Stanley came into our lives three weeks ago. Getting a puppy was obviously a daft thing to do. We are moving in six weeks, have a house to sell and Christmas is coming — so there’s enough going on to pack our days adequately without further distractions.
I was not enthusiastic about taking on another four-legged friend. Puppies smell. They widdle on floors and make your house stink. Mats and rugs have to be taken up — if they don’t wee on them, they will eat them. They chew shoes and destroy laces. They are blind to brand, although you can bet on your favourite or most expensive ones being ruined. This is why my Balenciagas and Tods are now stored in cupboards.
In addition, puppies require constant attention. You cannot sit down for a moment. If you do, you’ll risk missing a lavatorial. Or find that cables have been nibbled, table and chair legs gnawed, and your new jumper has a new hole. Try and ignore them and they’ll find something to attract your attention, such as the continual squeaking of a novelty toy your mother helpfully thought they would like.
I love dogs, by the way. My problem was that we had one already. Barnaby is a 12-year-old Basset Fauve. They are a medium-sized urban hound and notoriously more difficult to train than virtually any other kind of dog.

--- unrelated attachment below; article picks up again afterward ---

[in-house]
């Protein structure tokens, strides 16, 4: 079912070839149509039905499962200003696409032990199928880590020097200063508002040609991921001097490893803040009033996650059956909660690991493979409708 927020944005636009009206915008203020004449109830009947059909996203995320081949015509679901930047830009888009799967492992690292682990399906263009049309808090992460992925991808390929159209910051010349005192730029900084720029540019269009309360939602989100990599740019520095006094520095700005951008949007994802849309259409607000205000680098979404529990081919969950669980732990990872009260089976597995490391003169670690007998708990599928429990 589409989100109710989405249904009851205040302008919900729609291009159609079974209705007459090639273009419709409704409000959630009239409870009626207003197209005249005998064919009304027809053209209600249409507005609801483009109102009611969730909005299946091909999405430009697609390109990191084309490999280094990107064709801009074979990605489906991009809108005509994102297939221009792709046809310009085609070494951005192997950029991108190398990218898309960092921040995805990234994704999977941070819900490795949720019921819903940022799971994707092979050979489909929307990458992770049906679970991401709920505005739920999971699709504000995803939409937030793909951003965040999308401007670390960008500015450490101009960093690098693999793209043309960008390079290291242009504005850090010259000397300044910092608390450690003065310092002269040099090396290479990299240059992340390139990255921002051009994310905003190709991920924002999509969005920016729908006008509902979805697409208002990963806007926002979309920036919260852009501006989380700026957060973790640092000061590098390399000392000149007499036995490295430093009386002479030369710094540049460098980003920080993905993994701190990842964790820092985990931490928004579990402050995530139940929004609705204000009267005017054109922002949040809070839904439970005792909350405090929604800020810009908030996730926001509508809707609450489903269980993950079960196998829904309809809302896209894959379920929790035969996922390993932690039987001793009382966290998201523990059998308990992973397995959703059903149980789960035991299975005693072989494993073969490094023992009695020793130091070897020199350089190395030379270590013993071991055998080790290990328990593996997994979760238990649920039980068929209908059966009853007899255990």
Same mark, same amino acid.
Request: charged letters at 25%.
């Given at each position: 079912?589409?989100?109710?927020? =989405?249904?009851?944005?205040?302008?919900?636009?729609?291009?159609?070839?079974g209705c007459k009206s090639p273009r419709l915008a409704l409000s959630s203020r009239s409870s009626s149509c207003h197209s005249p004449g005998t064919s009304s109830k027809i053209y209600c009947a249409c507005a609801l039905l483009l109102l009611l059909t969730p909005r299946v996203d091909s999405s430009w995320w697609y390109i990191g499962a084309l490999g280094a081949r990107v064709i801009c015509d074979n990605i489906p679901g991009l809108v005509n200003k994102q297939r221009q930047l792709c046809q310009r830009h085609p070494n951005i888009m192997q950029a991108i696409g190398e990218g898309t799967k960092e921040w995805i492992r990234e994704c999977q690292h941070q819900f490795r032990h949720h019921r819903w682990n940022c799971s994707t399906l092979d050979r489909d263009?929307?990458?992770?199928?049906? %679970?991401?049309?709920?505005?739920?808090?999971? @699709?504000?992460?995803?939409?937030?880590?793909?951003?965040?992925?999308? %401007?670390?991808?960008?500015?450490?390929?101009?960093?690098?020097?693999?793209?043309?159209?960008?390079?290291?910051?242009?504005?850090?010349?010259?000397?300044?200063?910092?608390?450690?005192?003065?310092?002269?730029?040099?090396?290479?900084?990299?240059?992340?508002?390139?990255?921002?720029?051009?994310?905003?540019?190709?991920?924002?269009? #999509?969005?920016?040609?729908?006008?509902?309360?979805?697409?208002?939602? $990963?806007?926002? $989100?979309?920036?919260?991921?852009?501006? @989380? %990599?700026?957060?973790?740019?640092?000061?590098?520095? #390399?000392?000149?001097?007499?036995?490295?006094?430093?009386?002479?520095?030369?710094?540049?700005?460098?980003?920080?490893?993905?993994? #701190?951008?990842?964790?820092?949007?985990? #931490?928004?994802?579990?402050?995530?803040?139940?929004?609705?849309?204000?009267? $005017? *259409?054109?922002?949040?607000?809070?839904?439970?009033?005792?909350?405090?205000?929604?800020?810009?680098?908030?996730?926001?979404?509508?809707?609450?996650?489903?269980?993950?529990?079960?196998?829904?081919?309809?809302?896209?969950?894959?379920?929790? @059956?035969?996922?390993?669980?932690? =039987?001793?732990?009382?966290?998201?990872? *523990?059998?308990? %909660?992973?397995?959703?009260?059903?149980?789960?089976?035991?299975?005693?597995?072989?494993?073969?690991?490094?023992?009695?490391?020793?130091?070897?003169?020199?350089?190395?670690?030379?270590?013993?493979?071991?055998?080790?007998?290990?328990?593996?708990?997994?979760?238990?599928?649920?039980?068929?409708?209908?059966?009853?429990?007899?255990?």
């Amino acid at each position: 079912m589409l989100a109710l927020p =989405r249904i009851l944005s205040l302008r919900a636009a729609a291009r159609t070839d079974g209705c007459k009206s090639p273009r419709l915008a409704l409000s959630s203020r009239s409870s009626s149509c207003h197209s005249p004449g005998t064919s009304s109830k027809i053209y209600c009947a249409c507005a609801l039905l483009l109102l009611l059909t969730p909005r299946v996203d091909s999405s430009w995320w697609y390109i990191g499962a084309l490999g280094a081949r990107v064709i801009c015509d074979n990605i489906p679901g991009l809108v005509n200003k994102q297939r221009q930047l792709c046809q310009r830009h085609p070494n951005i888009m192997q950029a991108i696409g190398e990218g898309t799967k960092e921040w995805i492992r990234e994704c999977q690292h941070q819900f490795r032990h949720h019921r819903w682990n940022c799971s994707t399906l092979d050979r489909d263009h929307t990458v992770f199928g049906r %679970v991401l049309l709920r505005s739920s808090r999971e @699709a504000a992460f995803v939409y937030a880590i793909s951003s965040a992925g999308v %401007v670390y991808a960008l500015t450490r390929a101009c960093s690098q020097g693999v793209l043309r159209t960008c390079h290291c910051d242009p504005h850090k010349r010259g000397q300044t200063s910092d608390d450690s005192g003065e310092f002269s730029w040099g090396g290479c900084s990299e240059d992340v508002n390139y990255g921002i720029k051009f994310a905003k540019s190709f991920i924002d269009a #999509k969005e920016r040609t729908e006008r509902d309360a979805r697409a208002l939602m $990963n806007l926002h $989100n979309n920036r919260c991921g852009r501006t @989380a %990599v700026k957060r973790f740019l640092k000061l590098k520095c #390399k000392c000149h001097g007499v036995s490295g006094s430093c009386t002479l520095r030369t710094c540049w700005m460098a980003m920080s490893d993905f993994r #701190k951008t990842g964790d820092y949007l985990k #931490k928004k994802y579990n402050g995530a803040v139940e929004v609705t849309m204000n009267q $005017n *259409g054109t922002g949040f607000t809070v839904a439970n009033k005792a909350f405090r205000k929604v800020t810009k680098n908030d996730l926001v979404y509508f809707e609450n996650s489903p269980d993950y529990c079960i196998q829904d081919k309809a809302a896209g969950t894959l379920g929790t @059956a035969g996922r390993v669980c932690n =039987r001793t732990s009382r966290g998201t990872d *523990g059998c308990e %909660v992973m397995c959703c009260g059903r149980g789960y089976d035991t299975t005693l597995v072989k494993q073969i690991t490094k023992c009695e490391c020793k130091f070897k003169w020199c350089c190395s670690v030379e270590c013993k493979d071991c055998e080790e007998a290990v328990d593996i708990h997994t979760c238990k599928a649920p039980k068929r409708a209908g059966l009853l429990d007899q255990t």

The experience of teaching the recall still haunts me. In the summer of 2008, there I was in Battersea Park armed with treats, a training lead and a ball. Having practised a dozen times, I felt emboldened to remove the shackles. I threw the ball. Barnaby took one look at it, then at me — and promptly bolted in the other direction. He’d spotted a group of children playing cricket and had decided that looked like a lot more fun.
Obviously, I was told off when I arrived (flustered) some minutes later after Barnaby had totally disrupted their game. “If you don’t know how to train a dog, you shouldn’t have one,” condescended the games master. With a hound like Barnaby, you are destined to look like a bad dog owner. I spent hours teaching him how to do things and getting the house training done took forever. There were so many mishaps I ended up spending thousands replacing the wooden floor in the kitchen. Having to repeat this process all over again with a new puppy was not appealing.
You can perhaps guess why I caved in. The other third (I’ve been told I’m too fat to be called the other half) looked at me with puppy dog eyes and said: “Please can we take one of my sister’s dog’s puppies?”
When we went to collect Stanley, at a rendezvous in a pub car park near Oxford, any doubts I had evaporated. There’s nothing cuter than a puppy. Stanley is a working Cocker Spaniel — although no work is being put in by him right now, other than posing for photographs with his bright, inquisitive eyes, squashed little nose, oversized paws and ridiculously soft hair and ears.
But dogs are expensive. Barnaby cost £550 and Stanley £750. And, yes, I know I could go and pick a rescue dog, but I am not driven by Instagram hits. Plus there was the family connection — which means the other third is convinced that Stanley will be better behaved than my dog.